about 900 people. The ANO’s targets included fellow Arabs, such as the PLO, Arab

governments, and moderate Palestinians. Its non-Arab targets included the interests of France,

Israel,

the United Kingdom, and the United States. Many of these attacks were spectacular, such as an

attempted assassination of the Israeli ambassador to Great Britain in June 1982, simultaneous

attacks on the Vienna and Rome airports in December 1985, the hijacking of a Pan Am airliner

in September 1986, and several assassinations of top PLO officials in several countries. It has

been alleged that Abu Nidal collaborated in the 1972 massacre of 11 Israeli athletes by the Black

September group at the Munich Olympics.

Abu Nidal remained a dedicated pan-Arabist revolutionary and never renounced his worldwide

acts of political violence. His group has several hundred members, a militia in Lebanon, and

international resources. The ANO operated under numerous names, including the Al Fatah

Revolutionary Council, Arab Revolutionary Council, Arab Revolutionary Brigades, Black

September, Black June, and Revolutionary Organization of Socialist Muslims. The group

seemingly ended its attacks against Western interests in the late 1980s. The only major attacks

attributed to the ANO in the 1990s were the 1991 assassinations of PLO deputy chief Abu Iyad

and PLO security chief Abu Hul in Tunis, and the 1994 assassination of the senior Jordanian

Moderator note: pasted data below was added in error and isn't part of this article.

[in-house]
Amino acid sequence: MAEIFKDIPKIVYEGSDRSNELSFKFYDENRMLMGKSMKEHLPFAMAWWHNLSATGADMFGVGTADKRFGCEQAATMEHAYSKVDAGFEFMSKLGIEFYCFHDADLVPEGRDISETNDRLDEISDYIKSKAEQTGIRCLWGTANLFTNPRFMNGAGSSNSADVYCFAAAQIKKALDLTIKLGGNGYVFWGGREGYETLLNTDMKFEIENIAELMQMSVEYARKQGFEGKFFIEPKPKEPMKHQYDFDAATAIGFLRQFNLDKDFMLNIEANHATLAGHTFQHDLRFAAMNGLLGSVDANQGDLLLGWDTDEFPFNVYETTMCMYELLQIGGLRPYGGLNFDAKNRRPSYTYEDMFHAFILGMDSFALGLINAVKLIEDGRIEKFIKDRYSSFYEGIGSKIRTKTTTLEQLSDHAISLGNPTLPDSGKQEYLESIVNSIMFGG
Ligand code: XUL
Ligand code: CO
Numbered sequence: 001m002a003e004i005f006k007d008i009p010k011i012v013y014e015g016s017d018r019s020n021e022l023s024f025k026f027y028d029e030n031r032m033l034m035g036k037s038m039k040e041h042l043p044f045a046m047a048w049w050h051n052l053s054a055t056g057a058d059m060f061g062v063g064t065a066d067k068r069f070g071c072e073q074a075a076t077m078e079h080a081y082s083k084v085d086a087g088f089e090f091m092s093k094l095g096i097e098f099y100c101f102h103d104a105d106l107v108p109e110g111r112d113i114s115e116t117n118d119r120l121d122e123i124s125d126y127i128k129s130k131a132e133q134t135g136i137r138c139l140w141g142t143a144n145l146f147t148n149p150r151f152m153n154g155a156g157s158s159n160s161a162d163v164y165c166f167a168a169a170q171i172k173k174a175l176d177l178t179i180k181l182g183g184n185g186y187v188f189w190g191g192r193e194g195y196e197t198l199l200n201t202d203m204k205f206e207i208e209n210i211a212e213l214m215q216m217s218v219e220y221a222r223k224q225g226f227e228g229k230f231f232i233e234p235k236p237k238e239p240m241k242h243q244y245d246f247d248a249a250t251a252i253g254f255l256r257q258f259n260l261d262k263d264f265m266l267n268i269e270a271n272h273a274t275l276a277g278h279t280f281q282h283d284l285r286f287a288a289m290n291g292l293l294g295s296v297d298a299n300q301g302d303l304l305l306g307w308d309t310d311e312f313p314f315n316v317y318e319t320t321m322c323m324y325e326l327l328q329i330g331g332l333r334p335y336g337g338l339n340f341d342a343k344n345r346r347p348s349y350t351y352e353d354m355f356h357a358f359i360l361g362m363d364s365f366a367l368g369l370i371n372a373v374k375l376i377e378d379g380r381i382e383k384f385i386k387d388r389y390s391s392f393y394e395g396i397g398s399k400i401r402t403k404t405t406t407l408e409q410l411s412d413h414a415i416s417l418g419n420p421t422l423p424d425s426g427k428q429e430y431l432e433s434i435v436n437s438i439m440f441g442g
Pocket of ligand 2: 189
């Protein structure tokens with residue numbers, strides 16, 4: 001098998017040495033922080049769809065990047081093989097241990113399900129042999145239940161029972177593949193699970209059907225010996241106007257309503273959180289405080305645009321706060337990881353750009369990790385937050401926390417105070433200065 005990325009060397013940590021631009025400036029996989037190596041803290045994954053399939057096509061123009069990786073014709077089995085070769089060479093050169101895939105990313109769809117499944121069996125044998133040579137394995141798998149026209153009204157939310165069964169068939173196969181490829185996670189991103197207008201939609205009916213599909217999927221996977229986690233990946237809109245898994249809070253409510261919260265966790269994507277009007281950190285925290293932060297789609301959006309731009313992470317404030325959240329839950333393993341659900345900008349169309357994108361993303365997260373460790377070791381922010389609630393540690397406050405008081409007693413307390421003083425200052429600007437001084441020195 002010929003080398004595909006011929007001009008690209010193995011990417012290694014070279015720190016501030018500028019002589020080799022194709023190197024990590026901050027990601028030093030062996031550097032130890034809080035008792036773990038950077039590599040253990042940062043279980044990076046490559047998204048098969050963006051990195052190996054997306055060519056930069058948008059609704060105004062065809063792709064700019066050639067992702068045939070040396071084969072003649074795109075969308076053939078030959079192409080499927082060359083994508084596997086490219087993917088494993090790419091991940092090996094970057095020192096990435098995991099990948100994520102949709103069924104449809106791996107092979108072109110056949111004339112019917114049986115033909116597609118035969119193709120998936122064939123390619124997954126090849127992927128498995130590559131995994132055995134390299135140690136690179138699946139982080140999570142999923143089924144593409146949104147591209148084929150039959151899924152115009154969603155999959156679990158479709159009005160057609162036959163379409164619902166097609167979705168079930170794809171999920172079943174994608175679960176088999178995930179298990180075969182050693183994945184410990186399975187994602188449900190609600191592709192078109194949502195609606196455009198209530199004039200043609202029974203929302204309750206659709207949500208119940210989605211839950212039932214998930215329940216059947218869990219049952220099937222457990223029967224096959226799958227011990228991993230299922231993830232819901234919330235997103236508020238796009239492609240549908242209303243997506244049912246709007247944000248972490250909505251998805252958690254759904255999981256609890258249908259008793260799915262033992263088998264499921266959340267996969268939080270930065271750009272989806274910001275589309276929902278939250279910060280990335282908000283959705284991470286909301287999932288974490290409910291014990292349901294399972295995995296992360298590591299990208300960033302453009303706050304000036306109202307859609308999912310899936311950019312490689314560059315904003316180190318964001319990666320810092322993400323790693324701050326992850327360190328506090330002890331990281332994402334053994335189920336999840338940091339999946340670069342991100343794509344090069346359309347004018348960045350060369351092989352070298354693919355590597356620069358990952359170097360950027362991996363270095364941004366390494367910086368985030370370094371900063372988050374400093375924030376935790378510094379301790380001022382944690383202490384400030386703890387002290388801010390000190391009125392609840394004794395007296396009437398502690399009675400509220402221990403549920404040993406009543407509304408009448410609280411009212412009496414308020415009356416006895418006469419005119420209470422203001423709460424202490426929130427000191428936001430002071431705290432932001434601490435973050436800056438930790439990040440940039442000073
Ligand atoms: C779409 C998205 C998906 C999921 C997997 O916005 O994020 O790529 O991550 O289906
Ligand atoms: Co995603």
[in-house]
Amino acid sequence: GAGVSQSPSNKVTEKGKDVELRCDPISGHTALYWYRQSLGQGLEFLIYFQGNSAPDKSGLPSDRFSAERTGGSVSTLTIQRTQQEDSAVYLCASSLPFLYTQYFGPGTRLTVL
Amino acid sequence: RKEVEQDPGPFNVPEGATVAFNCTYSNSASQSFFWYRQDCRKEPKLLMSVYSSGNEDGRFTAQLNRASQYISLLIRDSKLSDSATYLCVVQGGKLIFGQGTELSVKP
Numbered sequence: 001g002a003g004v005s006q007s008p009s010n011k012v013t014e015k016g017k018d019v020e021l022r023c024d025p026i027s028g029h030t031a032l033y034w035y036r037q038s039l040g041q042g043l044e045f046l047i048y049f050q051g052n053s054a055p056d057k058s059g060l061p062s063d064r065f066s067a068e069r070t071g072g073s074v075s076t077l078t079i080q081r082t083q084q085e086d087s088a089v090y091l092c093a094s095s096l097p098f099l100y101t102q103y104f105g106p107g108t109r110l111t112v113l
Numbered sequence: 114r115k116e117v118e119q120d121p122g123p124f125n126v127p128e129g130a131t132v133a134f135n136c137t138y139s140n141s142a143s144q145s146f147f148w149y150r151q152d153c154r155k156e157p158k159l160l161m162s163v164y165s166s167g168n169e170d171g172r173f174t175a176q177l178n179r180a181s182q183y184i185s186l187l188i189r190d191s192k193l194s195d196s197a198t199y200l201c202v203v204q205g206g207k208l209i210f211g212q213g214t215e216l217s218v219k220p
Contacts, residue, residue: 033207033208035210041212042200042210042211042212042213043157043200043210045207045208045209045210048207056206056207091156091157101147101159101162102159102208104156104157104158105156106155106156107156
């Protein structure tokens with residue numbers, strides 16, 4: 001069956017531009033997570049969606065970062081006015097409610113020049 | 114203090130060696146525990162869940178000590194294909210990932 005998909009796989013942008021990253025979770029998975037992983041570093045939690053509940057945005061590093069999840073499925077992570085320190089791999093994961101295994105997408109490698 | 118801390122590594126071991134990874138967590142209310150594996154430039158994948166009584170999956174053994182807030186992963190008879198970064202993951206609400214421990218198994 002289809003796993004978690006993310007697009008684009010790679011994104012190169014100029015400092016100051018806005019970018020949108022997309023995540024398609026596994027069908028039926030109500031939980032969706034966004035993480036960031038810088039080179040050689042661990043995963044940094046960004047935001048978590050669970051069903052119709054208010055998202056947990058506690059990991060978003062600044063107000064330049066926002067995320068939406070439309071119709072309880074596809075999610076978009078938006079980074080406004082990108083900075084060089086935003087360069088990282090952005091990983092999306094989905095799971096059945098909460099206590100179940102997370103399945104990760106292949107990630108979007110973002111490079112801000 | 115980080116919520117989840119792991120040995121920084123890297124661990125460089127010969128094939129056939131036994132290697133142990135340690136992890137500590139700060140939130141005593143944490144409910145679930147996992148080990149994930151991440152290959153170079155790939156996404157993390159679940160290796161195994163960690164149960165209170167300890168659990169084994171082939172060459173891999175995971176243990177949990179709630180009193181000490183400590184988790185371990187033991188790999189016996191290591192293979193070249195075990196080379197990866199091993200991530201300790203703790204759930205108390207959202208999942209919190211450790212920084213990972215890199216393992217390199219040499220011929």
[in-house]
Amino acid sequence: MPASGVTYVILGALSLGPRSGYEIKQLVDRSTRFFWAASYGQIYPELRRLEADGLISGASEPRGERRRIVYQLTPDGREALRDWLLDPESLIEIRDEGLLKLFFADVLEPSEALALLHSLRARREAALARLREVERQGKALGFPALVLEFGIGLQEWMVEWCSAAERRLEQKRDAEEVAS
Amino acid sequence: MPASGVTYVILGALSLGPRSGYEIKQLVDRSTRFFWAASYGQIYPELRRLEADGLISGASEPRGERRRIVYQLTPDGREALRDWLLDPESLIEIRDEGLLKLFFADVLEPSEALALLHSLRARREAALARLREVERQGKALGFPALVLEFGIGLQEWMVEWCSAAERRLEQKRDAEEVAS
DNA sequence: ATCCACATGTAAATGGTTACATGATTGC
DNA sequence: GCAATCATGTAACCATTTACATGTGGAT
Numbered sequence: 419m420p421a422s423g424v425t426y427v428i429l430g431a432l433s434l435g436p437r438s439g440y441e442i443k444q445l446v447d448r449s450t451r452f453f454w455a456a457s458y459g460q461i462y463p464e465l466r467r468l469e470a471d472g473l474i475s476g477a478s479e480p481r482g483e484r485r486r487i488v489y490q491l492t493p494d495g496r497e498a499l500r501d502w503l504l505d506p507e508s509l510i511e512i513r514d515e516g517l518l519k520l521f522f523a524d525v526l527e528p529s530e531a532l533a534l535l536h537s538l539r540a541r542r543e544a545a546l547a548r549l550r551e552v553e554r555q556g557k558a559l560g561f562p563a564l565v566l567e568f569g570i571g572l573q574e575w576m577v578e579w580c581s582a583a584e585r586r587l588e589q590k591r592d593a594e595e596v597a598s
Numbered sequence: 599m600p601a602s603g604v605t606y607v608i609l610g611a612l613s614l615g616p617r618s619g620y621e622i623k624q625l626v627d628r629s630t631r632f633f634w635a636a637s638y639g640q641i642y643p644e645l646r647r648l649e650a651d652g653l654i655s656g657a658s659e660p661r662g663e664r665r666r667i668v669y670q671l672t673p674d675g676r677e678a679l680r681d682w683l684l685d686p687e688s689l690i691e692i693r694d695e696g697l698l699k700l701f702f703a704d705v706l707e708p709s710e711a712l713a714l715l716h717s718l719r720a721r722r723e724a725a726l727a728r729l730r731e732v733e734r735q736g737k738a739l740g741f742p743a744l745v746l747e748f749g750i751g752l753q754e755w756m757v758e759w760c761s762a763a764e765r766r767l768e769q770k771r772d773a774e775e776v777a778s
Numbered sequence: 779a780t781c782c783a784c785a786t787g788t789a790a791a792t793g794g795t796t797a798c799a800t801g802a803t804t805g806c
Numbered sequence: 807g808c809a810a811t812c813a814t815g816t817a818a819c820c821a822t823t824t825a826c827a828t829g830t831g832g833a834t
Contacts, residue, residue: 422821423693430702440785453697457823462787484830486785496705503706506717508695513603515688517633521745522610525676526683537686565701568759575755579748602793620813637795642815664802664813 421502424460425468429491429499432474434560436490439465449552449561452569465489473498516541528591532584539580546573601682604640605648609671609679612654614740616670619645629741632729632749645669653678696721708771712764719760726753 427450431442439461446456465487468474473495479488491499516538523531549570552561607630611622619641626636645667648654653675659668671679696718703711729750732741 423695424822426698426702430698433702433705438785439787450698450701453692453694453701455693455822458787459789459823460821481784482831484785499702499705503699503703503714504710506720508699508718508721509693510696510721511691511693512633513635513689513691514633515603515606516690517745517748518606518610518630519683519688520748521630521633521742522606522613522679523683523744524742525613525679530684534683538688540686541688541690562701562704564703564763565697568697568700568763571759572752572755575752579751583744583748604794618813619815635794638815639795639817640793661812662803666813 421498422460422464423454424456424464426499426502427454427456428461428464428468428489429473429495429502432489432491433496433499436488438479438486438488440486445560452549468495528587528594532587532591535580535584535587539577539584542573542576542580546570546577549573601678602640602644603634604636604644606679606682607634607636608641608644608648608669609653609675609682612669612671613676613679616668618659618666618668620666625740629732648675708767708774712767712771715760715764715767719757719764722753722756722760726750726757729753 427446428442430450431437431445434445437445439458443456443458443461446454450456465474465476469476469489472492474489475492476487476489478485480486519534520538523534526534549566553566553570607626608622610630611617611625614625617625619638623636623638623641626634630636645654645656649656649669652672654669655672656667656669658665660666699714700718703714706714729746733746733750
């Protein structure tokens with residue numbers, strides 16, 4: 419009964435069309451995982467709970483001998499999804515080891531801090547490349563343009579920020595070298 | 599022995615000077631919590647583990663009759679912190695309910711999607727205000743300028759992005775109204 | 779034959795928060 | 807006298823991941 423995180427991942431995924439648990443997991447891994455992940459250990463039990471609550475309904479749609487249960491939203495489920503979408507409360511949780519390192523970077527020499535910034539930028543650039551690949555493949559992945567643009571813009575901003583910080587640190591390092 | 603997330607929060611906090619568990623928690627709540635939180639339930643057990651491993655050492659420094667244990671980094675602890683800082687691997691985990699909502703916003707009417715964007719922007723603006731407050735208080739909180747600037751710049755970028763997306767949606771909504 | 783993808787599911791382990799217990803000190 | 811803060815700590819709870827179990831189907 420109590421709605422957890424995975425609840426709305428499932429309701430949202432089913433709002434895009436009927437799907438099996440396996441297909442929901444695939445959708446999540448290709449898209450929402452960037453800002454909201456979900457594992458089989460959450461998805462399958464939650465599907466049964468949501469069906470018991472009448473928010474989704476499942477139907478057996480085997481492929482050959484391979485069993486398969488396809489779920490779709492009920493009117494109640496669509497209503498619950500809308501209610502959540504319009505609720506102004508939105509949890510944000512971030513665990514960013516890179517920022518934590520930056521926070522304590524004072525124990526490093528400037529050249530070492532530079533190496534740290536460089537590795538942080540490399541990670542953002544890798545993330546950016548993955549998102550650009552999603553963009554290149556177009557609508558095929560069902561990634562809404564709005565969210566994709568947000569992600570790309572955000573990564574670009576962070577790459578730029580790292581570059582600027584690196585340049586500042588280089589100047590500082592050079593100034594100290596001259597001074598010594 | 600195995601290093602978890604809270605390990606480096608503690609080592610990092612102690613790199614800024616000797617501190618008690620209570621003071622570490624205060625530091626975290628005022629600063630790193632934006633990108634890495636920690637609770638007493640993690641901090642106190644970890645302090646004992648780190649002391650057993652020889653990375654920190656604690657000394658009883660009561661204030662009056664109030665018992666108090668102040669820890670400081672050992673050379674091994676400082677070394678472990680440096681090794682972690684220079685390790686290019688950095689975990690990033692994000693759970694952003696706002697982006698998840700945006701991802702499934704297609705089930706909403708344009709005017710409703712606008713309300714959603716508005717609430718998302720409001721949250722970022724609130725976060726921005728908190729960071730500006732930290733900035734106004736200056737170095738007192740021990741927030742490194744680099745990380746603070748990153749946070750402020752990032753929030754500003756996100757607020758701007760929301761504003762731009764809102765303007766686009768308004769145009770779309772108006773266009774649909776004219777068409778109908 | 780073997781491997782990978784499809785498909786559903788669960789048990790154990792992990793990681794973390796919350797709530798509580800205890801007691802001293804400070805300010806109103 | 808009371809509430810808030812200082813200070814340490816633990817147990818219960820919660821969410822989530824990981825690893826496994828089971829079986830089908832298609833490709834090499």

diplomat Naeb Maaytah in Beirut.

 

 

The whereabouts of Abu Nidal were usually speculative, but he relocated to Iraq in December

1998. In August 2002, he was found dead in Iraq of multiple gunshot wounds. The official Iraqi

account of Abu Nidal’s death was that he committed suicide. Other unofficial accounts suggested

that he was shot when Iraqi security agents came to arrest him, dying either of self-inflicted

wounds or during a shootout.

Note

a. Khaled, Leila. My People Shall Live: The Autobiography of a Revolutionary. London: Hodder

& Stoughton, 1973.

 

Photo 3.4 Palestinian terrorist or freedom fighter? Leila Khaled in a photograph dating from the

1970s.

MORAL JUSTIFICATIONS FOR POLITICAL VIOLENCE

Although not all extremists become terrorists, some do cross the line to engage in terrorist

violence. For them, terrorism is a calculated strategy. It is a specifically selected method that is

used to further their cause. Significantly, “the terrorist act is different in that the violence

employed is not only in pursuit of some long-range political goal but is designed to have far-

reaching psychological repercussions on a particular target audience.”50

Affecting a target audience is an important reason for political violence. Dissident terrorists—as

compared with state terrorists—are small bands of violent subversives who could never defeat a

professional army or strong government, so they resort to high-profile acts of violence that have

an effect on a large audience. It is instructive to review the basic motives of those who commit

acts of terrorist violence. To facilitate readers’ critical understanding of the motives of terrorists,

the following four motives are reviewed:

 

 

• Moral convictions of terrorists

• Simplified definitions of good and evil

• Seeking utopia

• Codes of self-sacrifice

Moral Convictions of Terrorists

Moral conviction refers to terrorists’ unambiguous certainty of the righteousness of their cause;